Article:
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Behr America Forms New Battery Cooling Group

Behr America has formed a Battery Cooling Group at its headquarters in Troy to meet the increasing demand for thermal-management technology.

The new group, managed by Fred Pumper, manager, Thermal Solutions and Validation Test, Behr America, will focus on growing the company’s battery cooling activities as well as support Behr’s Group in Stuttgart, Germany.

We have established a Battery Group at our Behr America headquarters to support our customers, both our OEM customers with their vehicle integration and direct battery pack integration of thermal systems as well, for battery suppliers. This group will build on four years of active development already completed by our Battery Cooling Division lead by Dr. Thomas Heckenberger, director of advanced development in Behr's Stuttgart, Germany technical center.

—John Tepas, director/chief engineer, Behr America

Behr has experience in three different technical solutions for battery cooling: cooled air; refrigerant, and secondary loop solutions.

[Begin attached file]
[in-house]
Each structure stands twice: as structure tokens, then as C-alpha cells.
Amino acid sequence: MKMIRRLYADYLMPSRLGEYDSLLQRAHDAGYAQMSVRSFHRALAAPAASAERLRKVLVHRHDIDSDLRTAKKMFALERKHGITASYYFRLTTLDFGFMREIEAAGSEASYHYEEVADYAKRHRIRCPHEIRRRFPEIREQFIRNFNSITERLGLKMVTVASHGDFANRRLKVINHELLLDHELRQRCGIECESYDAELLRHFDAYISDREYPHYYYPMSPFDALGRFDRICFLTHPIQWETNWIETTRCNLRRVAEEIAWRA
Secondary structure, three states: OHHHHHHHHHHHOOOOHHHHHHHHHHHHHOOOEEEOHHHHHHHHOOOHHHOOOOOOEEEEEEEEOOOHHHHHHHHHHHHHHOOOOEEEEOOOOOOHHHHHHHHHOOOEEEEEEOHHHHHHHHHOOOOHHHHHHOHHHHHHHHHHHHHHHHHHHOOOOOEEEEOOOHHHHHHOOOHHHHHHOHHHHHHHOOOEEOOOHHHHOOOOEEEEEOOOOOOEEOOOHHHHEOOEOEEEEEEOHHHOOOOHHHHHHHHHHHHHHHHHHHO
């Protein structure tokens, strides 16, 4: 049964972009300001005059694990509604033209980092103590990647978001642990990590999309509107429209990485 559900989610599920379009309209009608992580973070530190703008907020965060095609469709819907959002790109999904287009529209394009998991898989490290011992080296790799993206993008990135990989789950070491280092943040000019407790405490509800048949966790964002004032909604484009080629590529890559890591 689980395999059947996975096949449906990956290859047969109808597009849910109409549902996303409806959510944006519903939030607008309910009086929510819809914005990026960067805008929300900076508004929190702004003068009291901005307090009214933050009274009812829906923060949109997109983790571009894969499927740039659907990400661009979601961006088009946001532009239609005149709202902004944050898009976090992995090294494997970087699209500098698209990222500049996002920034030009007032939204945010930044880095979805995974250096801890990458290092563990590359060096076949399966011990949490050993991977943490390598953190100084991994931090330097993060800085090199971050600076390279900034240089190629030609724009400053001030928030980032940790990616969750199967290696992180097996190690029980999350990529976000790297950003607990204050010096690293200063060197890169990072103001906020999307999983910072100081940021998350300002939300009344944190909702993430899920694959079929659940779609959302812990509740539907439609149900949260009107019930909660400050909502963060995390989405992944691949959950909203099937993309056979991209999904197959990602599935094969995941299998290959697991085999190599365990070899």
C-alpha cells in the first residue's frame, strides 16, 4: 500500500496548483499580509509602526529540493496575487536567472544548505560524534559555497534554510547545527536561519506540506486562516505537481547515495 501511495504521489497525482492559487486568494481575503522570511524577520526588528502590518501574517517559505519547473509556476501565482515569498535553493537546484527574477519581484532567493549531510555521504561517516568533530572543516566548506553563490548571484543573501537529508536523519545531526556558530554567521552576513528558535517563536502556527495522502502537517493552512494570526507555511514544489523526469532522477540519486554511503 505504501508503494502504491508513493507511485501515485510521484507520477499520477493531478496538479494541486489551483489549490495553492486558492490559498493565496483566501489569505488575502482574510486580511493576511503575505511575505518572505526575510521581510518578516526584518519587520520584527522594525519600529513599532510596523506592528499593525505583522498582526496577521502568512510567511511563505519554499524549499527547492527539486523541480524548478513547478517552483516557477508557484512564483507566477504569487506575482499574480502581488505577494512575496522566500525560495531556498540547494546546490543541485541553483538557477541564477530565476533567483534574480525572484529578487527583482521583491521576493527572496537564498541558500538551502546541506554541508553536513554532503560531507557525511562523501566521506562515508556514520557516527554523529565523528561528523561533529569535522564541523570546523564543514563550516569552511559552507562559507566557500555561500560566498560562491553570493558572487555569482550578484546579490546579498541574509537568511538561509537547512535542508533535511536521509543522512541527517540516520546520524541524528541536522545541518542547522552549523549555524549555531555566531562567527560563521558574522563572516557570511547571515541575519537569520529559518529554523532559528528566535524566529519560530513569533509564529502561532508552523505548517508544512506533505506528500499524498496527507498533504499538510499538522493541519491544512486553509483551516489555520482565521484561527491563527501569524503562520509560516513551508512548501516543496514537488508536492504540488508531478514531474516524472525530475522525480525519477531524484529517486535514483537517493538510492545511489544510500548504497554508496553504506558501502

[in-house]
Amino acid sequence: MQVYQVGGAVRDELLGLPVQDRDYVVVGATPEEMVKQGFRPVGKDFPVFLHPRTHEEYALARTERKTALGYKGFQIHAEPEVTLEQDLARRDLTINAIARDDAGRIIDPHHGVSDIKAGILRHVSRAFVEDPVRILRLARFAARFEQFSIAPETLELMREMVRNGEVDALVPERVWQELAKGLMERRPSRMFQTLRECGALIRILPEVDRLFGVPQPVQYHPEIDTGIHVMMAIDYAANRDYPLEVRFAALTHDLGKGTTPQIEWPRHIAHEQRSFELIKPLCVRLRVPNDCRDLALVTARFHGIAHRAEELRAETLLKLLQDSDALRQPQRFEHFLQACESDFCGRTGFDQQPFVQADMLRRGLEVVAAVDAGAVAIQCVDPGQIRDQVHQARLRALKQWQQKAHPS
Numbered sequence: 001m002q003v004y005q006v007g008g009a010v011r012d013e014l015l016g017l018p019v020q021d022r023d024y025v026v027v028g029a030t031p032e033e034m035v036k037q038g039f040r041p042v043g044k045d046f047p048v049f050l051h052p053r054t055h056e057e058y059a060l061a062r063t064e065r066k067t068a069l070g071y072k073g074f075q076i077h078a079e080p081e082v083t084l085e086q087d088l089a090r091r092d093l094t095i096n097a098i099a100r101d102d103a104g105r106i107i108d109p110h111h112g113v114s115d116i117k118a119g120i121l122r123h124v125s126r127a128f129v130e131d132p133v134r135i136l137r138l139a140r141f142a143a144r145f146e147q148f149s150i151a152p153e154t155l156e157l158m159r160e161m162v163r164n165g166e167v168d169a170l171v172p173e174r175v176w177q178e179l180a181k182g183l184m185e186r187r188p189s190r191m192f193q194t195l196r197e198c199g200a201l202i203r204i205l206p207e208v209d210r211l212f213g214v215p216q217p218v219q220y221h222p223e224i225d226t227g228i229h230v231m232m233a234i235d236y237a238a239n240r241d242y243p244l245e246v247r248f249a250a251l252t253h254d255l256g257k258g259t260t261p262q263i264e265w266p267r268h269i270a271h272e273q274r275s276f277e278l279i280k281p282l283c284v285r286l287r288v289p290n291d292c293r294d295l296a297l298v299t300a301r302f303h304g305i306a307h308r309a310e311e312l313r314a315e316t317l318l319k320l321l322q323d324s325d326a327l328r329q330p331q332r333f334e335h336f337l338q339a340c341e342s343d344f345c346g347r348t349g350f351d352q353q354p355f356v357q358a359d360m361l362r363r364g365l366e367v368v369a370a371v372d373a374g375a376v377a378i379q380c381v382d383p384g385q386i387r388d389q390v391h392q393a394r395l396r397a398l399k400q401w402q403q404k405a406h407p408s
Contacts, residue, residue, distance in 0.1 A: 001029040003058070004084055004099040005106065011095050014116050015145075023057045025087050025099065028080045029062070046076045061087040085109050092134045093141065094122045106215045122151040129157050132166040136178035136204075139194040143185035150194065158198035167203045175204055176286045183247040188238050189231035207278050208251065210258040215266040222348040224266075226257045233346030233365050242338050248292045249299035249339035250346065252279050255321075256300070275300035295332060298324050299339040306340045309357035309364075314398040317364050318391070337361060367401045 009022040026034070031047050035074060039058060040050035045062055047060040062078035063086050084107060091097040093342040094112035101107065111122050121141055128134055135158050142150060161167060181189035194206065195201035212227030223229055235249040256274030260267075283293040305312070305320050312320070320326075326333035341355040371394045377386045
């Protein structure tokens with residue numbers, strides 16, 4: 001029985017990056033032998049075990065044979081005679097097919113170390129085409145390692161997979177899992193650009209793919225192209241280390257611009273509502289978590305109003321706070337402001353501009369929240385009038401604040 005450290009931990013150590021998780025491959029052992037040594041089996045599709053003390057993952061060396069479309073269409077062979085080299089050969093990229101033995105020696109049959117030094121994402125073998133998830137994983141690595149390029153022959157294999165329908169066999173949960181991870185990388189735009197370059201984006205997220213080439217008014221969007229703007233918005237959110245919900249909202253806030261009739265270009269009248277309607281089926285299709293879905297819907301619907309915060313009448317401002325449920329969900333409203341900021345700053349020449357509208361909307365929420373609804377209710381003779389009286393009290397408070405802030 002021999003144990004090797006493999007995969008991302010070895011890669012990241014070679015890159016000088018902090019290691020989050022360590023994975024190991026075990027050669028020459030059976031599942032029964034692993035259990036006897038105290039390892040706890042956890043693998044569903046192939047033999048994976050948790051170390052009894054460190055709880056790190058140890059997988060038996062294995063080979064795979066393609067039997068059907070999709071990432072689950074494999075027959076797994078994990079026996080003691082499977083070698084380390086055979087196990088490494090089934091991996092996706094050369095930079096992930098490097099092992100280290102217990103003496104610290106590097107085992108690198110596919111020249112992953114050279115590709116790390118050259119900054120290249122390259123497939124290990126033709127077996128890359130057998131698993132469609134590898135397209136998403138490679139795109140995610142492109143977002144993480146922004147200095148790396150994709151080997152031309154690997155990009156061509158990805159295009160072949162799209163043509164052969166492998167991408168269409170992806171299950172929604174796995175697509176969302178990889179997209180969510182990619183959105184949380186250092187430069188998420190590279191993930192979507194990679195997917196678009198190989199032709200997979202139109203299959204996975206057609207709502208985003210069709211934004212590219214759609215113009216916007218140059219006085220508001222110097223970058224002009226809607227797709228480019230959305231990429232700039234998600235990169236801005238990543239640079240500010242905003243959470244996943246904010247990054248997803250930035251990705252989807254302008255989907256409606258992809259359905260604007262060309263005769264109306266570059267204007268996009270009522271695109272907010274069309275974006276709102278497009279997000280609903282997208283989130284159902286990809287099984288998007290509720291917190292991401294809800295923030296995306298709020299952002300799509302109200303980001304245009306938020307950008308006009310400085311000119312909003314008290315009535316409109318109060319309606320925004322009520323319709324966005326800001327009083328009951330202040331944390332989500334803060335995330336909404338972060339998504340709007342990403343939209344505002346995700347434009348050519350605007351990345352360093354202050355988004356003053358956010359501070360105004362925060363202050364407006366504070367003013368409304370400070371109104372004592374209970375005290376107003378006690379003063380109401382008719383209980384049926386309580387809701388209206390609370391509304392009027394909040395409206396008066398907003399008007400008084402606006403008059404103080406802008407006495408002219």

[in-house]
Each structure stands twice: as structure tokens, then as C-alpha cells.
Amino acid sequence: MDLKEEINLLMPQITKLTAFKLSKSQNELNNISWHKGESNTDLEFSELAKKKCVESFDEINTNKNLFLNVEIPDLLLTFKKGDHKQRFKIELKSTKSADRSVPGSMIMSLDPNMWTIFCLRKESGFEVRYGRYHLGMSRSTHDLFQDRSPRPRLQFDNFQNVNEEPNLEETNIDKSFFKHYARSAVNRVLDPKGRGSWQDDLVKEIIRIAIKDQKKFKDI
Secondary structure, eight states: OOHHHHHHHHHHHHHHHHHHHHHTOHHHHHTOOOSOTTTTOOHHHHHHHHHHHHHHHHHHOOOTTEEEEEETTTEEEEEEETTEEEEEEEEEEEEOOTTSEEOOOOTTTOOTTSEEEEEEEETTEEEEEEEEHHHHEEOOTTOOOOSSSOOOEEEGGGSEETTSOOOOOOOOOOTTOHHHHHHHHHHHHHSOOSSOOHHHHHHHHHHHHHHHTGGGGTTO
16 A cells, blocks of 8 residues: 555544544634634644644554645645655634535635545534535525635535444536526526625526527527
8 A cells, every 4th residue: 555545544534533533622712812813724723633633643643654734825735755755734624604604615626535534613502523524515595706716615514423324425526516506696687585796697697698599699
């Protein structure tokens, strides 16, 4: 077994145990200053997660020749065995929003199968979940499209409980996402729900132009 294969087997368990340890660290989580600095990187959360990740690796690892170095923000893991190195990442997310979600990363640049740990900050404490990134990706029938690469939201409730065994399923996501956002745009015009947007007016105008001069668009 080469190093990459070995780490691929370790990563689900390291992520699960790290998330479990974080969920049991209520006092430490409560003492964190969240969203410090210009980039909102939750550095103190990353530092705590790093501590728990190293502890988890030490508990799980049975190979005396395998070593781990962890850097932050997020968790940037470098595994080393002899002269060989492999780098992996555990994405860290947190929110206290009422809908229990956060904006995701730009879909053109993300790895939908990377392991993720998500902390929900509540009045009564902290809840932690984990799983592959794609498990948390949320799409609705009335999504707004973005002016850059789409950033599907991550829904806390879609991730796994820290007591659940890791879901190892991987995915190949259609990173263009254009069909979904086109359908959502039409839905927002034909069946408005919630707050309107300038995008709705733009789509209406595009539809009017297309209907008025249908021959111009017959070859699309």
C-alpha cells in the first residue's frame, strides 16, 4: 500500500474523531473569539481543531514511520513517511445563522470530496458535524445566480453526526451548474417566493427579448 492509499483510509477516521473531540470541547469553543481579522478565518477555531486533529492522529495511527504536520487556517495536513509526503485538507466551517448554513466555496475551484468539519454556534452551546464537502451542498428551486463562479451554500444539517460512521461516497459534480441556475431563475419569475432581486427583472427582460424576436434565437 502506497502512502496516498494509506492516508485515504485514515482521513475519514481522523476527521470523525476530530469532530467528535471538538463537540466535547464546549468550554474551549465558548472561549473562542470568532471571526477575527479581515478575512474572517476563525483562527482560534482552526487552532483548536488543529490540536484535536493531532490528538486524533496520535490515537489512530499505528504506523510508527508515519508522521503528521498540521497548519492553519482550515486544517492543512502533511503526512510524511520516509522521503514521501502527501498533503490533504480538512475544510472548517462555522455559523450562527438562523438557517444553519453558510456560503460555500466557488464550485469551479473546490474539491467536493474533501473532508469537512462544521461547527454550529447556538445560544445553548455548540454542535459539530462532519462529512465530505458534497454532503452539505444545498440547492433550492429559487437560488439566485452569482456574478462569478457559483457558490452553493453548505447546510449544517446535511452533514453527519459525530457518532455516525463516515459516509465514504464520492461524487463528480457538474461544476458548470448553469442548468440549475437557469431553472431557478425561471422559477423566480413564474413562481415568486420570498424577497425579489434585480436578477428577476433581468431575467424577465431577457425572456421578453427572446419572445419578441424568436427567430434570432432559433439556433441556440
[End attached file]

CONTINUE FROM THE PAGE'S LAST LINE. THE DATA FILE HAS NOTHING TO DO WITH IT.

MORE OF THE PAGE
All three approaches require the integration of battery cooling into the air-conditioning circuit. Vehicle architecture and other technical requirements determine which solution best fits a specific vehicle platform. Behr says that its system integration expertise gives the company a unique technological advantage in providing solutions for battery thermal management.

In the US market, Behr supplies a full thermal management system for GM’s Lambda platform vehicles as well as programs still in development.



Could the batteries cooling system capture enough heat to keep the vehicle cabin warm in cold weather areas?

If so, cold weather PHEVs and BEVs could become a practical solution.


I think the use of battery heat to warm the vehicle is like so many other refinements.

It is not worth the research and production costs of implementation - at least it the beginning.
In the long term we can hope mass production and R&D make it worthwhile.

Actually a better hope is that batteries efficiency eliminates most of the waste heat.

One study that mentions utilizing waste heat:


The series hybrid solution for cold start at the moment is to use the ICE to heat the battery to nominal temp, before kicking in the electric. This is awkward and will certainly change as better chemistry avoids internal resistance at low temps.


One EV company took EV PT Cruisers to New York City to use as taxi cabs. The cold whether dropped the battery range to 40% of normal. It sounded to me like battery warmers would have helped there.

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